Okay? So maybe this is how it went down. But why am I stating that there will most likely be another liquidity crisis?

Because nothing was fixed!! All the old problems were simply wallpapered over and the same instruments with the same models are back en vogue!!

Here is a list of reasons why the underlying causes of the Liquidity and Deleveraging Crisis of 2008 are still around and worse than ever!

c-1) These assets were never allowed to be properly valued by the market. Congress extorted the FASB to allow for "mark to imagination" and "extend and pretend" valuation, so that financial institutions could keep these toxic assets on their balance sheets unimpaired. Former Regulator Talks Fraud and the Big Bank Getaway - http://caps.fool.com/Blogs/ViewPost.aspx?bpid=344209

c-2) Despite the collapse of several derivatives markets in 2008, the disproportionate size of these "assets" to any meaningful metric (such as GDP of the world), and the systemic risk of the size of these assets .... they are still growing. Financial Crash Risk Increasing Exponentially as Derivatives Monster Continues to Grow - http://www.marketoracle.co.uk/Article15437.html

c-3) The Fed is backstopping the CDS market to allow for, and in fact encourage, the more rapid proliferation of derivatives. PSW: The Fed / CDS Development - http://caps.fool.com/Blogs/ViewPost.aspx?bpid=340700

c-4) The recent rule changes regarding Money Market Redemptions has an even larger moral hazard then first observed. Connect the Dots Before Financial Depressurization - http://caps.fool.com/Blogs/ViewPost.aspx?bpid=335085 and my response - http://marketthoughtsandanalysis.blogspot.com/2010/02/flag-day.html#comment-33841524

There is One Last Issue That Puts this Whole Discussion Into Perspective

I and many others talk about a lot of terms that are important to the conversation, and many that I discussed above, but there is one term that is important beyond all others:

maturity transformation

What this means is to borrow short in order to lend long. It is the basis behind behind our entire financial system. And financial failures are not simply a random and rare by-product, but is actually a "feature" of this system.

I have linked to these two articles before, but I have never featured a post around them. But they are extremely relevant:

Maturity transformation considered harmful: an unauthorized biography of the bank crisis -

The Misesian explanation of the bank crisis - http://unqualified-reservations.blogspot.com/2008/10/misesian-explanation-of-bank-crisis.html

These post were written by Mencius Moldbug of http://unqualified-reservations.blogspot.com. His blog is extremely interesting (although it is a bit out there sometimes / fairly often). He is a Computer Scientist who likes to look at issues from an almost diagnostic point of view. I first started reading him in September 2008 (when he wrote these posts) with his discussion of Fractional Reserve Banking and Mises Banking.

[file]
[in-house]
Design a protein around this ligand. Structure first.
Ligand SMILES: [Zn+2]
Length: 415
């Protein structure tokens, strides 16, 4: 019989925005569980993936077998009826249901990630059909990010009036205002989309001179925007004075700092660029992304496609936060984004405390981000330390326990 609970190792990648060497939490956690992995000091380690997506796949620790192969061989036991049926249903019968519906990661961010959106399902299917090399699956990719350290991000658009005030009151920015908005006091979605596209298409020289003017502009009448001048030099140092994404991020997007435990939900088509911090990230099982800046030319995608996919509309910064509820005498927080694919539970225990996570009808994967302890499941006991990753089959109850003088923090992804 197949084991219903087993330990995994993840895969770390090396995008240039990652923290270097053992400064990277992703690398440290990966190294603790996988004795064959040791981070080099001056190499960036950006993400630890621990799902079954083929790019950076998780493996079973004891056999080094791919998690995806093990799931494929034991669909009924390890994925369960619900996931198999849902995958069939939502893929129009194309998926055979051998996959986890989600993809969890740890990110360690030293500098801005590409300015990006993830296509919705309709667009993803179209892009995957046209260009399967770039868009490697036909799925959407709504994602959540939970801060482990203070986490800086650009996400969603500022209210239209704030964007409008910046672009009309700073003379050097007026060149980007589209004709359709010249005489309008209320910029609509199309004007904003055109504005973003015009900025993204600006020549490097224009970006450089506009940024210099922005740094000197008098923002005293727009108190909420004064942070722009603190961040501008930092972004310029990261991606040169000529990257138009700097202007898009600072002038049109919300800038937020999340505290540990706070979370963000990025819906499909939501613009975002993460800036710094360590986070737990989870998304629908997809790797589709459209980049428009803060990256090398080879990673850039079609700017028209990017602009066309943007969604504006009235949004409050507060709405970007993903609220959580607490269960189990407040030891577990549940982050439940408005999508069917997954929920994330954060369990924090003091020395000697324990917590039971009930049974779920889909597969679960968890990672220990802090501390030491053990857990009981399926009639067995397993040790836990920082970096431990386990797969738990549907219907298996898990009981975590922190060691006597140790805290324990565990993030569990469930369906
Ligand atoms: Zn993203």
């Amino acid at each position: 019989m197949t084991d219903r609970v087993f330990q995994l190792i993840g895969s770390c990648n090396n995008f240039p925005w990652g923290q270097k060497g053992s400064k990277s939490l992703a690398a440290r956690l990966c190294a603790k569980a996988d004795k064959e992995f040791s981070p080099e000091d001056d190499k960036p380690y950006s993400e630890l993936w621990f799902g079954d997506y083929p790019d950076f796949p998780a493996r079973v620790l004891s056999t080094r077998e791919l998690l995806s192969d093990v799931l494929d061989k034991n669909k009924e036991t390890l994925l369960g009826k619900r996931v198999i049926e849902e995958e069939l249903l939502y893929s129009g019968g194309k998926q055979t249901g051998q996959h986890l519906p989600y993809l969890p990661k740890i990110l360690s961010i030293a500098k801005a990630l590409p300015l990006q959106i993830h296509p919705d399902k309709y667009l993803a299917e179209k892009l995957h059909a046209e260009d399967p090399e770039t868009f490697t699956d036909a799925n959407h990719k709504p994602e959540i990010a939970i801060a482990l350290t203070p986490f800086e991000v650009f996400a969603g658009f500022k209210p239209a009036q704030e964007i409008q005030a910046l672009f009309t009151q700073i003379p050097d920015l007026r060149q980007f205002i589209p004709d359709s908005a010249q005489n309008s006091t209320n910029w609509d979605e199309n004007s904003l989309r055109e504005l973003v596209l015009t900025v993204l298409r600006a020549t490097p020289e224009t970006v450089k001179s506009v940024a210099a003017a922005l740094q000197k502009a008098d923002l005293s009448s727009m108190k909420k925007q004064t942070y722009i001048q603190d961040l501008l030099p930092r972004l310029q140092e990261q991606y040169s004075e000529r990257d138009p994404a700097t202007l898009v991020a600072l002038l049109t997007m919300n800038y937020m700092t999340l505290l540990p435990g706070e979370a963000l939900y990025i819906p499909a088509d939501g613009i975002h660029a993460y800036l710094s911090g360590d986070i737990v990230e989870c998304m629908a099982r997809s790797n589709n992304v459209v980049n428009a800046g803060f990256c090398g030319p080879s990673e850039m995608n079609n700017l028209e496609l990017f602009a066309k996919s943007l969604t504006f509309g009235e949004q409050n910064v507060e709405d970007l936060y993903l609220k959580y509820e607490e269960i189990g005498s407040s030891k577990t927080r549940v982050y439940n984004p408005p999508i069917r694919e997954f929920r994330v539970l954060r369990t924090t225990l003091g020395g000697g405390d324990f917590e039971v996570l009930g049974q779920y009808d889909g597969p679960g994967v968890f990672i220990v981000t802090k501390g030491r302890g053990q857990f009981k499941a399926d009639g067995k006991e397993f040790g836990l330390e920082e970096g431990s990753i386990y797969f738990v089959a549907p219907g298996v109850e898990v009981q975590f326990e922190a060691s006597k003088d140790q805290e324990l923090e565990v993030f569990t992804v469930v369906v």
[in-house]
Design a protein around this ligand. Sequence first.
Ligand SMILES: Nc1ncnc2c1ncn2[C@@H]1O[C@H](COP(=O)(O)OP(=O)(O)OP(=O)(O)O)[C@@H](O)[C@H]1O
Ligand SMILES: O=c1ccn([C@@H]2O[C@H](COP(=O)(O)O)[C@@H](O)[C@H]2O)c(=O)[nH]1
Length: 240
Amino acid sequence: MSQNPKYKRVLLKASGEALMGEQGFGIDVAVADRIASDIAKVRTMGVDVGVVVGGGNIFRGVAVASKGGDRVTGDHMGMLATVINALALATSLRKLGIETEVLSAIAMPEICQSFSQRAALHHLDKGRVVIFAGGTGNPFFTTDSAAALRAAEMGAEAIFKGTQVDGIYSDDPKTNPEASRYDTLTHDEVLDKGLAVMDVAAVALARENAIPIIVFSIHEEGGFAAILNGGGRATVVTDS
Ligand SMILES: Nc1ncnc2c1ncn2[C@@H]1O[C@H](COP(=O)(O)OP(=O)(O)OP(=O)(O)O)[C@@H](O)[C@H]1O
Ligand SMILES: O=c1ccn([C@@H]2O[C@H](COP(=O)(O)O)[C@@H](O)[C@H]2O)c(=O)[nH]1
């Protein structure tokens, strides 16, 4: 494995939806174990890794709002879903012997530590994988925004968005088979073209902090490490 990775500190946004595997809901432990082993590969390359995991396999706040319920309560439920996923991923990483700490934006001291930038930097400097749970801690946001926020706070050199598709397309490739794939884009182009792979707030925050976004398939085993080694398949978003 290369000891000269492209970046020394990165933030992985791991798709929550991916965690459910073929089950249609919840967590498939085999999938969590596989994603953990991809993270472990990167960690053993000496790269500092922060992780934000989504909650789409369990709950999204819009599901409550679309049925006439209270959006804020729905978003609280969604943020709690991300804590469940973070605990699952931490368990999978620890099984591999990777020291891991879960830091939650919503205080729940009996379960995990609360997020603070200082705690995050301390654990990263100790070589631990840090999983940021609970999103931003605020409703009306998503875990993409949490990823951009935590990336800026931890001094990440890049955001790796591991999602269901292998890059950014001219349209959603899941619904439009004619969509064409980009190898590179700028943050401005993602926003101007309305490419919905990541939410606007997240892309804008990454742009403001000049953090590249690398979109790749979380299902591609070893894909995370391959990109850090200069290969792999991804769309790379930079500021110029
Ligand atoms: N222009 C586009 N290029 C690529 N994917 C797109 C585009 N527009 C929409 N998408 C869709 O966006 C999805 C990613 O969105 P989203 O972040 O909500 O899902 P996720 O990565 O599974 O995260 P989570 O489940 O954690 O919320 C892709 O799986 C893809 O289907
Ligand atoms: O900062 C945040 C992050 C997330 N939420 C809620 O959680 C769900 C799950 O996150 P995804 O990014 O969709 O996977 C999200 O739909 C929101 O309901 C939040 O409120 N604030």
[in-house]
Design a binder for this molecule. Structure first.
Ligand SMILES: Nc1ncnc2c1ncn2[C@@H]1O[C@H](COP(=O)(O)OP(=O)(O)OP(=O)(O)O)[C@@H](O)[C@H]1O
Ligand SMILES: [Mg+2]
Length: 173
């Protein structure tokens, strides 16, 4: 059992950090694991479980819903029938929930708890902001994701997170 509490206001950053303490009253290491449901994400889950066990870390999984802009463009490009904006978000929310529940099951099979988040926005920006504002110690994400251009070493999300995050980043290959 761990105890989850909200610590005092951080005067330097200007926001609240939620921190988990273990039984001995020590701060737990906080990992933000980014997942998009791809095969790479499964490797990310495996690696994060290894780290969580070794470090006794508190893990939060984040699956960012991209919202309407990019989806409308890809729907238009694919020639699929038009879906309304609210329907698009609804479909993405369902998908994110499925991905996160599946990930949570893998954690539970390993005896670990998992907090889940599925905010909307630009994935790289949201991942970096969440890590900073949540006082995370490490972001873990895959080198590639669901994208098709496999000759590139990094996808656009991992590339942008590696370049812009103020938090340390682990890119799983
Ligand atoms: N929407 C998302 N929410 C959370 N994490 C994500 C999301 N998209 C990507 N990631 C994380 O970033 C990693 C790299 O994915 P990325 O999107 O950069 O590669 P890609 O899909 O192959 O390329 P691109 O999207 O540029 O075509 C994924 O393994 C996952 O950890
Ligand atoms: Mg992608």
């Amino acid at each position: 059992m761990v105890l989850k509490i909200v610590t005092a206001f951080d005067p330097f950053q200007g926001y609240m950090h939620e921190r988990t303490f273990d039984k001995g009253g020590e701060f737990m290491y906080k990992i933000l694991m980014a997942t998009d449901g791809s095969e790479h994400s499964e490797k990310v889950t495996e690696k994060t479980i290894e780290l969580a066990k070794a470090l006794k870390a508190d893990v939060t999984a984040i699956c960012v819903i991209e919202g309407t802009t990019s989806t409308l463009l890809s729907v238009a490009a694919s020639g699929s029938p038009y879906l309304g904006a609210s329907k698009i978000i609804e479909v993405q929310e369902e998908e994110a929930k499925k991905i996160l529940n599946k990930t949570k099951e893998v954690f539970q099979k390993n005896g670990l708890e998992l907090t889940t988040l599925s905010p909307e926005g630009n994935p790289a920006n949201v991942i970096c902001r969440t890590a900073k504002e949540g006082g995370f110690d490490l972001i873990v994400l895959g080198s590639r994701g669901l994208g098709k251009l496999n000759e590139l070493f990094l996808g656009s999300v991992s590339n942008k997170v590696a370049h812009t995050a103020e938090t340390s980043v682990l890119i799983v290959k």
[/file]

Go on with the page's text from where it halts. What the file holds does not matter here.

The point of these linking to these posts is to not advocate for an Austrian Banking System (not because I don't think it is a good idea, but because it won't happen), but rather it is to show you from a very logical and easy to follow reasoning why liquidity crises happen to begin with.

Once you read these posts, and then go back up and re-read points c-1 through c-4 again, you will see that the Federal Reserve's / Treasury's / Congress's absolutely irresponsible actions of not allowing financials to fail, by backstopping derivatives to further encourage the taking of risk (not only for hedge fund but for Money Market Managers as well!!!) are setting conditions up for an Epic Fail even worse than the first Deleveraging Crisis.

It is not a foregone conclusion, but I think a reasonable person looking at all of these fact can say that it is a possible, if not likely, outcome.

Friday, February 19, 2010


Well, I think the only thing a sane person can do is laugh at this market :)

Here is the micro count. I switched over to my alternate count with the higher high today. However I think the last move could be very sneaky indeed. The door is being left open for a bullish move on Monday. If there is any strength behind it (volume and breadth) ..... well, as I said to Gumbo, my last nerve has already been destroyed by the move :)

However, we are finally seeing some negative divergence on the 60 minute chart.

And we have a nice volume spike at the end. Probably just OPEX covering ... however ...

Addition Sat - 12:00 - TSX chart for iaf

And The ES So Far ... (v2)

From last night around 9:30 (And The ES So Far ...)

.... is certainly acting like this is a real breakdown. The rally channel in the last C of Y leg is broken. However it is still sitting above some longer term trend lines that should be support. Tomorrow will tell if the reaction to the Fed announcement is simply part of a Wave 4 or if this is the beginning of a breakdown that should have some *very* strong legs.

Here is the current chart. We did get a bounce off the support lines where noted.

Now lets zoom in and see what the wave structure looks like.

Interesting. I looks like it could count as an impulse down with a 78.6% retrace. Let's see how this plays out!

Thursday, February 18, 2010

FTSE Schmootsie

AussieKen and I were discussing moves on the FTSE recently http://marketthoughtsandanalysis.blogspot.com/2010/02/pee-wars.html#comment-35010748. I keep tabs on a number of international indices on a regular basis (see this series of posts: A Trip Around the Globe III: A Look at a Few International Indices) but I had not done an actual EW count of the FTSE in quite some time.

So AussieKen piqued my interest. I see that the current 5 wave move down followed by the correction up is probably clearer here than on any other index. The FTSE peaked a few days earlier than the rest of the indices with a nice reversal bar. And the Minute 2 down in Minor 1 is very clear (not small / ambiguous like the rest of the indices). Everything looks beautifully proportional including the Minor 2 wave.

A nearly perfect impulse down and retrace back up. Thanks AussieKen!!